S ince its establishment in 2000, Singapore Management University (SMU) has earned the reputation of being on the cutting-edge of progress. Providing a plethora of opportunities for undergraduates to hone their creative and analytical thinking abilities, the school places emphasis on the holistic development of its students to prime them for success.
Lee Kong Chian Scholar Justin Bay and SMU Scholar Jane Wang Shufang are proud to be SMU students. They take the time to tell us more about their transformative learning experience with the school, as well as their respective bond-free scholarship programmes.
Why did you choose to pursue your degree at SMU?
Justin Bay: A university education is a platform to prepare myself for the working world. With this in mind, I felt that SMU’s pedagogical approach would give me the best foundation to get a head-start in the workplace. It would give me the necessary skills to not only survive, but also succeed once I graduate. As someone who is generally introverted, I felt the need to put myself in an environment that would constantly challenge me and develop my ability to speak up and contribute in projects and discussions. Such soft skills are important regardless of career choice.
SMU prides itself on its interactive learning model in seminar-style classrooms, and I believe that this is truly how SMU differentiates itself from other universities. By reducing the class size and encouraging discussion and class participation, all students are given the opportunity to think critically, voice their opinions, and learn from the viewpoints of others. As a result, learning becomes more dynamic and exciting.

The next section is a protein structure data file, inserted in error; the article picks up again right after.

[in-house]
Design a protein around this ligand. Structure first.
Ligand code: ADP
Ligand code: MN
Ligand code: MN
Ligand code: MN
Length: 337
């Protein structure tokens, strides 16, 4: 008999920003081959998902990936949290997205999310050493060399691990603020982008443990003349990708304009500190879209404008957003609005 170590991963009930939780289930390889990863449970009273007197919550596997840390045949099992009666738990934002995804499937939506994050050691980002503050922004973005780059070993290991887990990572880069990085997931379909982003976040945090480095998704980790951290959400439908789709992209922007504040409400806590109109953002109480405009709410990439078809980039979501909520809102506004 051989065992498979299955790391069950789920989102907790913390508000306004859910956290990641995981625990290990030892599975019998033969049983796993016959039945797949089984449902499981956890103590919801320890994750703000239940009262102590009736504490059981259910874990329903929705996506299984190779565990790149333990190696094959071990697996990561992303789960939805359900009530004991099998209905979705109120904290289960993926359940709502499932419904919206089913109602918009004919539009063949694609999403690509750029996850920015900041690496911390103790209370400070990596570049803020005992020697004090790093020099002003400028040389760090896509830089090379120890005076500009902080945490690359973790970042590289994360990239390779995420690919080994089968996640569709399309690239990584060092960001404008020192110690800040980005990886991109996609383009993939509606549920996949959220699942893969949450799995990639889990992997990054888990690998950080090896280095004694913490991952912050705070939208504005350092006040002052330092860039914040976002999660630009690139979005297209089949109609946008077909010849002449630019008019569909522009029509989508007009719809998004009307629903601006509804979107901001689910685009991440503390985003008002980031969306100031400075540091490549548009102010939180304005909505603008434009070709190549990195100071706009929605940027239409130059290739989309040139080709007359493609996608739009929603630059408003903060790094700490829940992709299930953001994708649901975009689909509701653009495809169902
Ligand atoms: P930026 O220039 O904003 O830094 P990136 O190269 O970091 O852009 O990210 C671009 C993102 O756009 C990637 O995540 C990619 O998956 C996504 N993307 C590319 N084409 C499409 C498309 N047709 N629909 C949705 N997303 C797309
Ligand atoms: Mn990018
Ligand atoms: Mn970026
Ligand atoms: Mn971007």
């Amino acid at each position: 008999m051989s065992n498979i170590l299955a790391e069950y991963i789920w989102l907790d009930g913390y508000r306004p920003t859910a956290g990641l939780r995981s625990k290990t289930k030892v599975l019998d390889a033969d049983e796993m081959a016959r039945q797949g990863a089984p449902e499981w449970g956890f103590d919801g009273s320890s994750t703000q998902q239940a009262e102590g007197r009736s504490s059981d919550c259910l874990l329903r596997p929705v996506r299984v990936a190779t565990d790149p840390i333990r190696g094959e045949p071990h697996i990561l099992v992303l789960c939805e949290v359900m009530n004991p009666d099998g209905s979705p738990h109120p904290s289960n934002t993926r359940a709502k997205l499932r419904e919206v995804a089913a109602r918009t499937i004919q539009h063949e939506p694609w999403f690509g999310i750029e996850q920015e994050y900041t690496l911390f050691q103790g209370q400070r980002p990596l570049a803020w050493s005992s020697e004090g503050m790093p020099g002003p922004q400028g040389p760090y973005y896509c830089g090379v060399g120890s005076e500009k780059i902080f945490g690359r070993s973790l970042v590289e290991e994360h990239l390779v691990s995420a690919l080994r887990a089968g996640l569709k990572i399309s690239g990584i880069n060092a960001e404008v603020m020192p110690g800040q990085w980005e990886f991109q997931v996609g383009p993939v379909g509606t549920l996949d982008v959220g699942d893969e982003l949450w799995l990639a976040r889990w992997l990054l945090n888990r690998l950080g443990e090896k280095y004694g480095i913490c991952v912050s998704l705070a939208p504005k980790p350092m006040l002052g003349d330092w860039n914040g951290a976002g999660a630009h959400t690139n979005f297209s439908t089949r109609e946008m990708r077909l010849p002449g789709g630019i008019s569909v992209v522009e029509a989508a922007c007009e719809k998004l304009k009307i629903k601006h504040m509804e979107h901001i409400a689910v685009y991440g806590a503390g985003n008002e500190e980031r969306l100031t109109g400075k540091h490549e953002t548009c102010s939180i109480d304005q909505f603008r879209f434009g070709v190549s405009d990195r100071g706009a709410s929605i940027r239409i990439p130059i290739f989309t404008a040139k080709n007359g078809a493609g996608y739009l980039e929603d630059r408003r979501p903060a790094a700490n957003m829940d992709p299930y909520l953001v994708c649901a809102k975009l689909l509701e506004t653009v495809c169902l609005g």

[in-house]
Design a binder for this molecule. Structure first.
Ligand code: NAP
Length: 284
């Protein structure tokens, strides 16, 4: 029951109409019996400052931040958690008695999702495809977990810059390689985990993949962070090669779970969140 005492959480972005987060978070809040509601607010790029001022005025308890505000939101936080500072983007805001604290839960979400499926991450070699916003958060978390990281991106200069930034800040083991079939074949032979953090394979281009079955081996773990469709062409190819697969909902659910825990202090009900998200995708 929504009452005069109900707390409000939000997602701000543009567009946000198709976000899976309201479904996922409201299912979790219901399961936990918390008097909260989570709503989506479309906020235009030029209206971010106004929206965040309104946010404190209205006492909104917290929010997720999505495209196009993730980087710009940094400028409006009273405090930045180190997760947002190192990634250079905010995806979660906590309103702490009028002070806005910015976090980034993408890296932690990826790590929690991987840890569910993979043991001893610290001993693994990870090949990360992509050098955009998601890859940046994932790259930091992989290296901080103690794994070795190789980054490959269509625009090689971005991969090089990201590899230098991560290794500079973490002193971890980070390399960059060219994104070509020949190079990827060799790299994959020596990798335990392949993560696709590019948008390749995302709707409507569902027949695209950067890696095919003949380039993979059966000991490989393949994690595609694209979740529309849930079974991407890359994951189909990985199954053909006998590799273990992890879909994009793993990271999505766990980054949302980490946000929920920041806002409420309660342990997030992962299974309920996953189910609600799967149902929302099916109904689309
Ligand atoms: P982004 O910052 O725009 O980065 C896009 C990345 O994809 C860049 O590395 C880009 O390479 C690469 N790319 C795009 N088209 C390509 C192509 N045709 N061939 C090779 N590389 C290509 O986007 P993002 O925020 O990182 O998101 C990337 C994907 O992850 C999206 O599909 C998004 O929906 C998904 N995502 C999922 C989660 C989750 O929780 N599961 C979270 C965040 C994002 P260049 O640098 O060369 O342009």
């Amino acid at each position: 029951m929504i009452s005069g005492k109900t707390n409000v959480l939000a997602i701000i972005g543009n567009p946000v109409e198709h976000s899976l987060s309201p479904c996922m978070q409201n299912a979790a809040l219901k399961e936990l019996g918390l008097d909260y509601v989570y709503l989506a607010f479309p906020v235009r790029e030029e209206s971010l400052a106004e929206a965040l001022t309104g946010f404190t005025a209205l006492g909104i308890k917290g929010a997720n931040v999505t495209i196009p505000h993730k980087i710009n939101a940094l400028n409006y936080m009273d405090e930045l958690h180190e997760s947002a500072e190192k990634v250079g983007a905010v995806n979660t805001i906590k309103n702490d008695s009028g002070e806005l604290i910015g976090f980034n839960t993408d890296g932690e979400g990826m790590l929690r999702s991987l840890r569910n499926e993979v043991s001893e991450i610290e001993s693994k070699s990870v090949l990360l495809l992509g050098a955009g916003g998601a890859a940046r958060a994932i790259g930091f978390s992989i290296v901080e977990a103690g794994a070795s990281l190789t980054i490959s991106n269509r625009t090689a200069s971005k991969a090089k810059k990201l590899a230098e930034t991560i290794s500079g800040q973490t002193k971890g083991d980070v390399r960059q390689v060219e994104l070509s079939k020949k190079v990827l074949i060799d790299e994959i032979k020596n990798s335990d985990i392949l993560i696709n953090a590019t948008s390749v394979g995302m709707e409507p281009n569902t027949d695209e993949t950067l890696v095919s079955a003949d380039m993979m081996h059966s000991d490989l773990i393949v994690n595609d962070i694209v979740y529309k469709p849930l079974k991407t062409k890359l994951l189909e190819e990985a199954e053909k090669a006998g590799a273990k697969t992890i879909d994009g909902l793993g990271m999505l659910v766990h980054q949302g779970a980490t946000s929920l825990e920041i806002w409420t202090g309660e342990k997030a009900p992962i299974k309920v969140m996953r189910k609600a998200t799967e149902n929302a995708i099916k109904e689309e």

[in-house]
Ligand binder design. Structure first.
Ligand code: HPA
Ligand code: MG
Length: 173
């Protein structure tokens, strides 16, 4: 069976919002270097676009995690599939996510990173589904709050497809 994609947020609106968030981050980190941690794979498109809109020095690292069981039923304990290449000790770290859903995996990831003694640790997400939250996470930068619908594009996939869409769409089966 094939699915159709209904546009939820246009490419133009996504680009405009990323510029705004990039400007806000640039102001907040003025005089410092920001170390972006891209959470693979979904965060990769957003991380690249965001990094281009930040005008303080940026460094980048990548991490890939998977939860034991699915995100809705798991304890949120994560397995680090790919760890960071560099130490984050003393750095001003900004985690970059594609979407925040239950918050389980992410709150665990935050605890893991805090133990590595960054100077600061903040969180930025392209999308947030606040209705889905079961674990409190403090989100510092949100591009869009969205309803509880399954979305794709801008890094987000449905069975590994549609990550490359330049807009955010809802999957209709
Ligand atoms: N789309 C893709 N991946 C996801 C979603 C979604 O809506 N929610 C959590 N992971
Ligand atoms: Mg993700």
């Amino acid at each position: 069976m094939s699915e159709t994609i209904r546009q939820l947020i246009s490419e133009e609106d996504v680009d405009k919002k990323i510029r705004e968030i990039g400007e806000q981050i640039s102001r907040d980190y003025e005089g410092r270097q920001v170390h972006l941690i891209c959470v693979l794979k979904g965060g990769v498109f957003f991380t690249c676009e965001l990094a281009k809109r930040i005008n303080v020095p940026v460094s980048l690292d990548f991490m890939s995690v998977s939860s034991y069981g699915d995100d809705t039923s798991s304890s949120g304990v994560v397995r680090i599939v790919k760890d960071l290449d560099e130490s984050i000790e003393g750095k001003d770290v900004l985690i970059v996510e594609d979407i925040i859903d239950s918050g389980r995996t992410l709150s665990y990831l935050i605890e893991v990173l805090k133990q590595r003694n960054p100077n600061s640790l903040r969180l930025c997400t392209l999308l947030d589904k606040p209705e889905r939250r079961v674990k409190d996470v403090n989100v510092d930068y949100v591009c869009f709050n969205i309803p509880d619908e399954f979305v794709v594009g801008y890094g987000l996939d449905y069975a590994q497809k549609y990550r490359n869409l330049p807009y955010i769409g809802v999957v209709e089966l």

Jane Wang: I chose SMU primarily because of its interactive pedagogy, which is its hallmark. I enjoy an environment where students and professors are engaged in discussions during lessons, which makes learning more interesting and dynamic. Furthermore, SMU nurtures students to become global citizens – this means that there are all types of overseas opportunities for students to enjoy, be it international student exchange programmes or business study missions.
How have you personally benefited from your scholarship?
Justin: The Lee Kong Chian Scholars’ Programme (LKCSP) places great importance on the personal development of scholarship recipients. Apart from monetary benefits to cover tuition fees as well as opportunities for international exchange programmes and overseas community service programmes, there is also a strong community of seniors and alumni who are always willing to help and guide juniors.
Upon starting school as a freshman, each scholar is assigned a mentor who is one year ahead to provide guidance on the different aspects of university – from academic modules to co-curricular activities and internships. University can be very fast-paced and overwhelming, so I benefited greatly from having a dedicated mentor being there for me every step of the way.